But what’s interesting is what Jesus did not say. He did not tell them they should fight back, start a riot, form a revolution, etc. Rather, if you read the context to this statement, we see Jesus telling them that the Holy Spirit will take care of all things, will lead them and will enable them to testify to Jesus. To testify to Jesus is to be His witness. And to be a witness to Jesus is to be a martyr. Thus, Jesus prepared His disciples for their heavy cross of persecution by the religious leaders by letting them know that they would be strengthened by the Holy Spirit to give witness and testimony to Him. And once this began to take place, the disciples began to recall all that Jesus had told them.
You, too, must realise that being a Christian means persecution. We see this persecution in our world today through various terrorist attacks upon Christians. Some see it also, at times, within the “Domestic Church,” the family, when they experience ridicule and harsh treatment for trying to live out their faith. And, sadly, it’s even found within the Church itself when we see fighting, anger, disagreement and judgment.
The key is the Holy Spirit. The Holy Spirit plays a significant role right now in our world. That role is to strengthen us in our witness to Christ and to ignore any way the evil one would attack. So if you feel the pressure of persecution in any way, realise that Jesus spoke these words not only for His first disciples, but also for you.
Reflect, today, upon any way that you experience persecution in your life. Allow it to become an opportunity for hope and trust in the Lord through the outpouring of the Holy Spirit. He will never leave your side if you trust in Him.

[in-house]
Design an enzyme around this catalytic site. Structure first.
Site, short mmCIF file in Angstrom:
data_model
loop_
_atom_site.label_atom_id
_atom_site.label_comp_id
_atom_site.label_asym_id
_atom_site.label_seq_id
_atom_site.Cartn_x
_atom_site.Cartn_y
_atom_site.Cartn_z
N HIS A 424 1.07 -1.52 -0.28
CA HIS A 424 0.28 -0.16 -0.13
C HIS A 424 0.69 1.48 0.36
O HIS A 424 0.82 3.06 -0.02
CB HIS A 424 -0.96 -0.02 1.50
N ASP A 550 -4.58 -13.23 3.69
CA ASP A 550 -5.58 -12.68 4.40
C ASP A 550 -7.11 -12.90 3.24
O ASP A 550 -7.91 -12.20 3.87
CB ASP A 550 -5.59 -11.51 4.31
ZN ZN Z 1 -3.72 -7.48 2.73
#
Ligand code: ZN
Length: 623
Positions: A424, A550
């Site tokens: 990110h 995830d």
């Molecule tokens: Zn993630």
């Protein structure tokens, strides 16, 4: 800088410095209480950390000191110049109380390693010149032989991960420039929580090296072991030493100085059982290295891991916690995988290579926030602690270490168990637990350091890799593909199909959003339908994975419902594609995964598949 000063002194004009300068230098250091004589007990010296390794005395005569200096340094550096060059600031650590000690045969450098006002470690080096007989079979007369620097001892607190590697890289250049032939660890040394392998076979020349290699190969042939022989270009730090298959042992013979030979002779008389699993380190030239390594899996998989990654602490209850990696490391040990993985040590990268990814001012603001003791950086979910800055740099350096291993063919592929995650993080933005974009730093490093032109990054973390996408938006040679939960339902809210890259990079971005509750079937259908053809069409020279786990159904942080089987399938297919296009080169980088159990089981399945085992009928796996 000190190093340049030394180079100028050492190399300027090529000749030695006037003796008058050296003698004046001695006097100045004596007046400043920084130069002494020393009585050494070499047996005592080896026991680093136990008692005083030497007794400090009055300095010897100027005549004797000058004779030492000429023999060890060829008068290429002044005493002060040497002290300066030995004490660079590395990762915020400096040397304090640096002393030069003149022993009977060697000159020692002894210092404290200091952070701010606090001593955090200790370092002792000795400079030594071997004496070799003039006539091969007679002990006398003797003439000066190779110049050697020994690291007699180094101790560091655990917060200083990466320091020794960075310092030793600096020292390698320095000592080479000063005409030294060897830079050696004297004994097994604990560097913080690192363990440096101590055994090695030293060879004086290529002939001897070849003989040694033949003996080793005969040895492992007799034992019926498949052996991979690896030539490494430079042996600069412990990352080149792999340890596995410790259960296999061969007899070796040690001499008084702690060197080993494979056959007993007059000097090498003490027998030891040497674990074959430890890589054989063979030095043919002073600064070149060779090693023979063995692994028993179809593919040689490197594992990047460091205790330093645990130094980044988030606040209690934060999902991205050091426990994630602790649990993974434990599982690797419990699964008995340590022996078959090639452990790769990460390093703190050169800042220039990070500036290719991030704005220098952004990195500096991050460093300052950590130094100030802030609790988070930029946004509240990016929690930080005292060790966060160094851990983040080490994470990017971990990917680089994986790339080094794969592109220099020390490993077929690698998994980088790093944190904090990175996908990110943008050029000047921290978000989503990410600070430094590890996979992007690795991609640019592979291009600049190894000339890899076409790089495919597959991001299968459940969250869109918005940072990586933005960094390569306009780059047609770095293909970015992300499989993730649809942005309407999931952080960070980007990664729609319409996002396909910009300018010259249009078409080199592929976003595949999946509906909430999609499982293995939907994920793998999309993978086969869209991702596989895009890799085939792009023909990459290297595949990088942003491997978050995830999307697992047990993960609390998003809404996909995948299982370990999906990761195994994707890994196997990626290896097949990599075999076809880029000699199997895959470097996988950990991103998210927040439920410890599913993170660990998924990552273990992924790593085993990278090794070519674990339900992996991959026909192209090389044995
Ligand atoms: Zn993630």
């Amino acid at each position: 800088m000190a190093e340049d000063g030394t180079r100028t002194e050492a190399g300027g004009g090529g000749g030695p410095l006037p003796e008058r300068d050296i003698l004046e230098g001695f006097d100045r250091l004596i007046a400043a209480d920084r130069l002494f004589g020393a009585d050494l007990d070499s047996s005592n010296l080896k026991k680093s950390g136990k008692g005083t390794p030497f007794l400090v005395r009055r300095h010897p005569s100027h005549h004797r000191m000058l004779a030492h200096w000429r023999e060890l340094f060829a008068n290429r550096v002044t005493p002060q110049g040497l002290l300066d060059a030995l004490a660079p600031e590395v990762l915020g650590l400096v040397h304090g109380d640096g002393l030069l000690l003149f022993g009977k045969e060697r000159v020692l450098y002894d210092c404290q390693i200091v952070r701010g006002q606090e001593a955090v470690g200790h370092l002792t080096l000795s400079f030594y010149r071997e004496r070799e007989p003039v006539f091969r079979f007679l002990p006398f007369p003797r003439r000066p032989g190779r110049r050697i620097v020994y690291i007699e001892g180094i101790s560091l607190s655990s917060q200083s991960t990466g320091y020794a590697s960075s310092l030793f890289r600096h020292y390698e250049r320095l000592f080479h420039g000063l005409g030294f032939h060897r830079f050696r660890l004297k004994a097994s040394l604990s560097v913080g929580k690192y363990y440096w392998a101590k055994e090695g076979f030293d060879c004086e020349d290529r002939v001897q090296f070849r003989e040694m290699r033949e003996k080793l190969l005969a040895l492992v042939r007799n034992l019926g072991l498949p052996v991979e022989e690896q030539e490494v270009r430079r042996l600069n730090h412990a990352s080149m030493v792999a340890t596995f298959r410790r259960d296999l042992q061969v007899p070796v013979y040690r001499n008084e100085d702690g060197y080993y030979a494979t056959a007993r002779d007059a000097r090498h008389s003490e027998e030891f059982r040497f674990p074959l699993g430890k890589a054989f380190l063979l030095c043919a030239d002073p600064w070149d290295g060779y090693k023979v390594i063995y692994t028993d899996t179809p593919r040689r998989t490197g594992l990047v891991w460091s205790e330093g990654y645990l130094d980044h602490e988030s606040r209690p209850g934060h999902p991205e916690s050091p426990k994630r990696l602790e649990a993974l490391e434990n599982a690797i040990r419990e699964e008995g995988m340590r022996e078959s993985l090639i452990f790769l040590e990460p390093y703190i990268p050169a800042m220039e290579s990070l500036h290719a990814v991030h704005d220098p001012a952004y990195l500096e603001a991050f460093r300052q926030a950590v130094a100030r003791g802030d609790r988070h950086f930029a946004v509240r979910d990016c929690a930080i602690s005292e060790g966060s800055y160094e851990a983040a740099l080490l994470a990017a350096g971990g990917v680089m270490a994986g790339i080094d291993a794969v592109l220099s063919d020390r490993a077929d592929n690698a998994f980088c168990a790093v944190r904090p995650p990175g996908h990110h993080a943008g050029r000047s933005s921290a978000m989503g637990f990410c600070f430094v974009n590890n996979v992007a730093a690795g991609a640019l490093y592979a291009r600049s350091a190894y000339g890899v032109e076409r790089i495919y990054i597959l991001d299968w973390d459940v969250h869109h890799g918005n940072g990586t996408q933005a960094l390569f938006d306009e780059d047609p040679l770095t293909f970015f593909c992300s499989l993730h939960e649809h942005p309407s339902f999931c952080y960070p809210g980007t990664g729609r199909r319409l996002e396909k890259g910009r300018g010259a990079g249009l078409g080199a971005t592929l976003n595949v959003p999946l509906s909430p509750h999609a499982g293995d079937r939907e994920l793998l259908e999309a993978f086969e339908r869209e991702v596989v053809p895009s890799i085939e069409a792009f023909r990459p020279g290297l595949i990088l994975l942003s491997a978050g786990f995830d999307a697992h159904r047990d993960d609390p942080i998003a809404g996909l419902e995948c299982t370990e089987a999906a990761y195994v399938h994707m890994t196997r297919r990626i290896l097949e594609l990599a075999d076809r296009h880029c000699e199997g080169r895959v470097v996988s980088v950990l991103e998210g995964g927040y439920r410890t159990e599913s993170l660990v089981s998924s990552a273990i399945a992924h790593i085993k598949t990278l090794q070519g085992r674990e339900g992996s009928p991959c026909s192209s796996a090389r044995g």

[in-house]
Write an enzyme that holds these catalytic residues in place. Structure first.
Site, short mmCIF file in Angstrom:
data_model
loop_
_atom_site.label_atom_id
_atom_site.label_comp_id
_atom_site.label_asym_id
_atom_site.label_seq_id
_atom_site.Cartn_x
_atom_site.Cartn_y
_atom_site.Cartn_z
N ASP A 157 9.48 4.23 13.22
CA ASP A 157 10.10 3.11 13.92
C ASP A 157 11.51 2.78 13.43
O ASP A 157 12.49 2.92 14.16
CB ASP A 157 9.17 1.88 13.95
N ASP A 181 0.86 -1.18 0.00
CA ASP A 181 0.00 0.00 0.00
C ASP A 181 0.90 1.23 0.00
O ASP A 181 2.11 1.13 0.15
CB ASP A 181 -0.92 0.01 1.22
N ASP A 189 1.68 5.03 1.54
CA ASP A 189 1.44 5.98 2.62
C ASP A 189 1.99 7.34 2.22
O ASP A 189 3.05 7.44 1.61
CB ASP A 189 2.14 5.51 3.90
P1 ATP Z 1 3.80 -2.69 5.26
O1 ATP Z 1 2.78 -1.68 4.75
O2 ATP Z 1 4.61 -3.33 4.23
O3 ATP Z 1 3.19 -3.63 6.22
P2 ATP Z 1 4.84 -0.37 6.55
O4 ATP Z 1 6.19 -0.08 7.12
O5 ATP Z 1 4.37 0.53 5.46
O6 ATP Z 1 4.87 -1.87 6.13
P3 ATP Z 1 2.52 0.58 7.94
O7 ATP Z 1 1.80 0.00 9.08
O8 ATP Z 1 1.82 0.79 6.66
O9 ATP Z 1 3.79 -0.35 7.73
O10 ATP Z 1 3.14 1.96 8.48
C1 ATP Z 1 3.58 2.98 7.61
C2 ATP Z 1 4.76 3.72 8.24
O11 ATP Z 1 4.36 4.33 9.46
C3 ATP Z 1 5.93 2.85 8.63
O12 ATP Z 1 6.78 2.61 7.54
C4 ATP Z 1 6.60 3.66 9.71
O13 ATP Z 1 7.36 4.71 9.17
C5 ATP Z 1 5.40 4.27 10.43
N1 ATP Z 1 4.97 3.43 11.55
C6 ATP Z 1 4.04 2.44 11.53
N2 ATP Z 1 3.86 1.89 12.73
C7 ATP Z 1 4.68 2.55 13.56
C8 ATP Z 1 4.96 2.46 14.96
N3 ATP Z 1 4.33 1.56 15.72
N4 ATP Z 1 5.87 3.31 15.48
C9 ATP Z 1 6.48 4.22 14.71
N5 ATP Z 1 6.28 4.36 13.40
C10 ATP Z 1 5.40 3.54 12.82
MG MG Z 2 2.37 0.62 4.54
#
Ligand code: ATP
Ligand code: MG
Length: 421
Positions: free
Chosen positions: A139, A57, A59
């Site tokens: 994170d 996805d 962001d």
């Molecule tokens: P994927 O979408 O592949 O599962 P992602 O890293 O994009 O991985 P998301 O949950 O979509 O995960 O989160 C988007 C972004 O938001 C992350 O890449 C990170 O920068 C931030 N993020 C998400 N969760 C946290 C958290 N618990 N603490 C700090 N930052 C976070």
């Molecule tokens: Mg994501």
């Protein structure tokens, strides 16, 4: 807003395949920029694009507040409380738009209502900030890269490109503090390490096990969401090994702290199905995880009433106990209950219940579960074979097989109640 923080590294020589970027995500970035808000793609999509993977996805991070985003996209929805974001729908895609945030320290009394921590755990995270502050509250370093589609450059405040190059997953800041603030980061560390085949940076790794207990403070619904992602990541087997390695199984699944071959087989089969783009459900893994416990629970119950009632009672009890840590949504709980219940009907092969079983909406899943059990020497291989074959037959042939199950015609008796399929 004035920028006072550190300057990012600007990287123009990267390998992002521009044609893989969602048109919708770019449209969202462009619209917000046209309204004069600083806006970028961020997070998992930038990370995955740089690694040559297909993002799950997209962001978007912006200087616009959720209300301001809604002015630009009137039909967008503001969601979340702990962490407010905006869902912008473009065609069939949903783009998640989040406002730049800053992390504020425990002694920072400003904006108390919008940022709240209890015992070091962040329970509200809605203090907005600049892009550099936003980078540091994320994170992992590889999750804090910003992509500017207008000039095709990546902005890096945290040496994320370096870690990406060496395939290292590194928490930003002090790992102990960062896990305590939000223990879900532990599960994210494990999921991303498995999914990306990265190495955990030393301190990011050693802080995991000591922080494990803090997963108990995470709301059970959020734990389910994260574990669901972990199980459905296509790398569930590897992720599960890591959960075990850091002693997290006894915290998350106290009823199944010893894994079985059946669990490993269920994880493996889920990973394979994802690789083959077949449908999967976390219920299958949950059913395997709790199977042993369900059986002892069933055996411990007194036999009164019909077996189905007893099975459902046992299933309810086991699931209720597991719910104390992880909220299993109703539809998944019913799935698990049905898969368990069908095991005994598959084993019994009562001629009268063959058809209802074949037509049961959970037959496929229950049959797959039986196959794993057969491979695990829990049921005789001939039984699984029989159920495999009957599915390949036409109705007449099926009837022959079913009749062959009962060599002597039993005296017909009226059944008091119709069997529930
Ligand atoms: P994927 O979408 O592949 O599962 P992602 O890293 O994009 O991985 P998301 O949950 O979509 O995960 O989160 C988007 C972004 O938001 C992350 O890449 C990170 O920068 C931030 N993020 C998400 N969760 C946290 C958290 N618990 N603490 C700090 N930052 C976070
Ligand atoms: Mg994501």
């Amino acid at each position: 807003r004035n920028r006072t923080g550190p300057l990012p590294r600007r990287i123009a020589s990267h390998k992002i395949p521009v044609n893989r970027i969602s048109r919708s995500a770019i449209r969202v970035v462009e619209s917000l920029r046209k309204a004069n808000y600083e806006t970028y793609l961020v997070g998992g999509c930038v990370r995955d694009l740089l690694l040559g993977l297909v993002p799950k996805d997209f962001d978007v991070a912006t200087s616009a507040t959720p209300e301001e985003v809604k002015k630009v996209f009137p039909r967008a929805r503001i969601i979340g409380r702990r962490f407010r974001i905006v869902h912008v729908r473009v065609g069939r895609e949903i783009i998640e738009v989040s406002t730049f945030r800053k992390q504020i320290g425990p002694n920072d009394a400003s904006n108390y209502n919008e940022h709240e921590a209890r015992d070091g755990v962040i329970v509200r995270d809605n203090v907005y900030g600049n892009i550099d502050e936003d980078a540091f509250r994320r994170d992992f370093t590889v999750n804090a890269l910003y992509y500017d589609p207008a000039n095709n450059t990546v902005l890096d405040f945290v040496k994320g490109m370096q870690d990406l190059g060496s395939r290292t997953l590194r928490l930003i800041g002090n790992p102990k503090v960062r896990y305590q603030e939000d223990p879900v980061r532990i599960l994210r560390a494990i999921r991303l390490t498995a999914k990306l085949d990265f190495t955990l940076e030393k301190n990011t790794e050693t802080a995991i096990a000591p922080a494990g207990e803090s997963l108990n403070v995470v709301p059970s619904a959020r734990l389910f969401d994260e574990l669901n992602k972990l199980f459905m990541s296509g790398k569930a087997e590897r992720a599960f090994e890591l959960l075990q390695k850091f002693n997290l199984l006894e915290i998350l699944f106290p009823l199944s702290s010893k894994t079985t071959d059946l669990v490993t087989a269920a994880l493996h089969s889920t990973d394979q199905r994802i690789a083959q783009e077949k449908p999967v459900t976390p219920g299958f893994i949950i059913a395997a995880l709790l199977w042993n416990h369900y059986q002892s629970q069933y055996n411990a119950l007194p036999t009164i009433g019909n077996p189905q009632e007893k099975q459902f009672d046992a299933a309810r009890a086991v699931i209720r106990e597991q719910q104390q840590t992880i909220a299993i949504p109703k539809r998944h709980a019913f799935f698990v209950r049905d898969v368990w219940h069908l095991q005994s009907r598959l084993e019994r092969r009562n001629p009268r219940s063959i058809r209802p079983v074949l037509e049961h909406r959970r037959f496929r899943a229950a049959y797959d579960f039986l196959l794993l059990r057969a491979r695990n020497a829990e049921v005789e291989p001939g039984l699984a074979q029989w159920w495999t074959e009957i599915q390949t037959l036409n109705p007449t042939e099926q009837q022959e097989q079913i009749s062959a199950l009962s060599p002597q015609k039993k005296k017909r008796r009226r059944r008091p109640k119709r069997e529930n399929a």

when I feel the weight of the world or persecution,
give me peace of mind and heart.
Help strengthen me by the Holy Spirit that I may give joyful witness to You.
Jesus, I trust in You.
Friday of the Fifth Week of Easter
You Are Chosen
"It was not you who chose me, but I who chose you and appointed you to go and bear fruit that will remain" John 15:16
Children love to play games. When a game is organised between two teams, kids will often line up and wait to be chosen. Each child hopes to be chosen first. It is affirming to be wanted for the team. When a child is chosen last this can be difficult and hurtful.
This reveals the desire within each of us to belong and to be wanted. The good news is that God does choose each one of us. He wants us as a member of His family and He wants us to belong to Him. This is essential to understand and, when it is understood, it is very affirming.
God not only chooses us to belong to Him, He also chooses us for His mission. He wants to use us to go and bear fruit for His Kingdom. He wants to use us for a sacred purpose and a divine calling. Being a member of His "team" means that our lives have purpose and meaning. No matter how "unqualified" we may feel at times to make a difference, we must remember that God does not see us that way. Rather, He sees the infinite potential within each of us and chooses to use that potential for the building of His Kingdom.
Reflect, this day, on two short phrases: "I have chosen you" and "Go and bear fruit." Accepting your call from God will change your life and will also change the lives of those whom you are called to serve.
Lord, I know You have chosen me.
I accept Your call in my life.
I accept the fact that You have appointed me to fulfil Your mission in a unique and glorious way.
Help me to continually say "Yes" to Your call.
Jesus, I trust in You.